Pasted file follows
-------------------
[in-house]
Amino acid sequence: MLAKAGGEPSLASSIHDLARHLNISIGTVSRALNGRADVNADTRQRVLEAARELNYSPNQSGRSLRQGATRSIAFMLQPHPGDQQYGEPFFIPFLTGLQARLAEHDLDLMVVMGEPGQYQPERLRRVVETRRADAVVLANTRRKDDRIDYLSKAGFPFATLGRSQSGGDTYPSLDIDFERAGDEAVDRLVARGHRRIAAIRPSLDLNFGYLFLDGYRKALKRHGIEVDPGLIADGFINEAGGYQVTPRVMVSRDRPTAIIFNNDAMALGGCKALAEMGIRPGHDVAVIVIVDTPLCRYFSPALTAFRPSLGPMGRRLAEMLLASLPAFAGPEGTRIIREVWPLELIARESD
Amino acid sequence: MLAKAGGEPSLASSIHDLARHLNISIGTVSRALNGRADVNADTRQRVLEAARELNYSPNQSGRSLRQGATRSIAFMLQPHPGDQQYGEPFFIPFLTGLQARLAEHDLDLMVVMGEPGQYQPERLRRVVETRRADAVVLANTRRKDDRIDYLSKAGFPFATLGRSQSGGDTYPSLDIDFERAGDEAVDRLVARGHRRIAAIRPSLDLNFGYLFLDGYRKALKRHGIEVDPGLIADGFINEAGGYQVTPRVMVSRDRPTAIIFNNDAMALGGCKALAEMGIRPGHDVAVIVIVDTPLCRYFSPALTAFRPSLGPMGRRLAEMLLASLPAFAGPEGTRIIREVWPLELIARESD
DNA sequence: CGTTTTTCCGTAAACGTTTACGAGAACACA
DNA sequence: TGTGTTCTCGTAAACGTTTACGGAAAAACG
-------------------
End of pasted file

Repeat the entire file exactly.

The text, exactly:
[in-house]
Amino acid sequence: MLAKAGGEPSLASSIHDLARHLNISIGTVSRALNGRADVNADTRQRVLEAARELNYSPNQSGRSLRQGATRSIAFMLQPHPGDQQYGEPFFIPFLTGLQARLAEHDLDLMVVMGEPGQYQPERLRRVVETRRADAVVLANTRRKDDRIDYLSKAGFPFATLGRSQSGGDTYPSLDIDFERAGDEAVDRLVARGHRRIAAIRPSLDLNFGYLFLDGYRKALKRHGIEVDPGLIADGFINEAGGYQVTPRVMVSRDRPTAIIFNNDAMALGGCKALAEMGIRPGHDVAVIVIVDTPLCRYFSPALTAFRPSLGPMGRRLAEMLLASLPAFAGPEGTRIIREVWPLELIARESD
Amino acid sequence: MLAKAGGEPSLASSIHDLARHLNISIGTVSRALNGRADVNADTRQRVLEAARELNYSPNQSGRSLRQGATRSIAFMLQPHPGDQQYGEPFFIPFLTGLQARLAEHDLDLMVVMGEPGQYQPERLRRVVETRRADAVVLANTRRKDDRIDYLSKAGFPFATLGRSQSGGDTYPSLDIDFERAGDEAVDRLVARGHRRIAAIRPSLDLNFGYLFLDGYRKALKRHGIEVDPGLIADGFINEAGGYQVTPRVMVSRDRPTAIIFNNDAMALGGCKALAEMGIRPGHDVAVIVIVDTPLCRYFSPALTAFRPSLGPMGRRLAEMLLASLPAFAGPEGTRIIREVWPLELIARESD
DNA sequence: CGTTTTTCCGTAAACGTTTACGAGAACACA
DNA sequence: TGTGTTCTCGTAAACGTTTACGGAAAAACG